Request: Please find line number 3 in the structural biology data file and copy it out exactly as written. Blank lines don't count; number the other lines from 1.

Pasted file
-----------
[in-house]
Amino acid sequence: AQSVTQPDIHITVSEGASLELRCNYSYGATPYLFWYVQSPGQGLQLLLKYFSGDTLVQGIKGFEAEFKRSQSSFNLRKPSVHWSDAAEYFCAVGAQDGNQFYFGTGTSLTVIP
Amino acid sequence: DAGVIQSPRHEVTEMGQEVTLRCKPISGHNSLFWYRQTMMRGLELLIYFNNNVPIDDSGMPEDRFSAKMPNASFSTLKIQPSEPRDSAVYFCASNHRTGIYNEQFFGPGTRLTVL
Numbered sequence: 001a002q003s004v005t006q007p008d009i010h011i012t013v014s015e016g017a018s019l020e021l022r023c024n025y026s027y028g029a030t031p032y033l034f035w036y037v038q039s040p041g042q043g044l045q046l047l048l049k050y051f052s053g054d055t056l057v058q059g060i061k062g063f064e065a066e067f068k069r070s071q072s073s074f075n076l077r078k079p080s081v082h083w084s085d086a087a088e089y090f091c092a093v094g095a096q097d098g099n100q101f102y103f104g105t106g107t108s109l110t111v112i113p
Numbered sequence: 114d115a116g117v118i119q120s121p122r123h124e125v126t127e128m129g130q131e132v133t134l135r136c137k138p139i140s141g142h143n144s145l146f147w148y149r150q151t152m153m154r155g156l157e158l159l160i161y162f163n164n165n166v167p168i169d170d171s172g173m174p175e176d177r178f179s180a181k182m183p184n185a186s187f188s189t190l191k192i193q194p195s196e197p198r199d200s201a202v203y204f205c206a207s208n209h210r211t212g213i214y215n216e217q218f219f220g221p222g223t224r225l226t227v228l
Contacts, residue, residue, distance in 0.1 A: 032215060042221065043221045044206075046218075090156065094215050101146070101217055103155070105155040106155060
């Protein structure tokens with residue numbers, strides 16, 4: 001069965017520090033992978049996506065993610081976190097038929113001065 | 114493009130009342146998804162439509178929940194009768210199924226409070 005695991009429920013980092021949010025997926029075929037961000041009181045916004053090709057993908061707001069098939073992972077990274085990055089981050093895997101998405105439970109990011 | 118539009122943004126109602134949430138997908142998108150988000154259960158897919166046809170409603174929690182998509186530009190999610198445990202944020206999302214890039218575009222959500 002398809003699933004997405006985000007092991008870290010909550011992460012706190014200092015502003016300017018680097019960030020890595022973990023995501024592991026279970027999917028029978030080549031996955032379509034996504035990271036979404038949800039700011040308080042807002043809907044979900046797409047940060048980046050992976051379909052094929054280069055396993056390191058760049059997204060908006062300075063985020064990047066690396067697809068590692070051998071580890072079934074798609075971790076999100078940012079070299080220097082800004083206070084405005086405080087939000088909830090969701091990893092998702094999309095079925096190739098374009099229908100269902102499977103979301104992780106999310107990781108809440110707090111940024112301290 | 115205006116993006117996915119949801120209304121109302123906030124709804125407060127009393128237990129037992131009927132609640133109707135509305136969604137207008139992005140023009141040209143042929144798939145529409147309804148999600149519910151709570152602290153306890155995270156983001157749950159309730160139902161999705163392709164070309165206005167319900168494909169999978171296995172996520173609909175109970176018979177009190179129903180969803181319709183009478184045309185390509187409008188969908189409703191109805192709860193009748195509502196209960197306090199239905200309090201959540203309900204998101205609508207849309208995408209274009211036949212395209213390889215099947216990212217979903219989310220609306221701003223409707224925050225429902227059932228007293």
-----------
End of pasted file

Amino acid sequence: DAGVIQSPRHEVTEMGQEVTLRCKPISGHNSLFWYRQTMMRGLELLIYFNNNVPIDDSGMPEDRFSAKMPNASFSTLKIQPSEPRDSAVYFCASNHRTGIYNEQFFGPGTRLTVL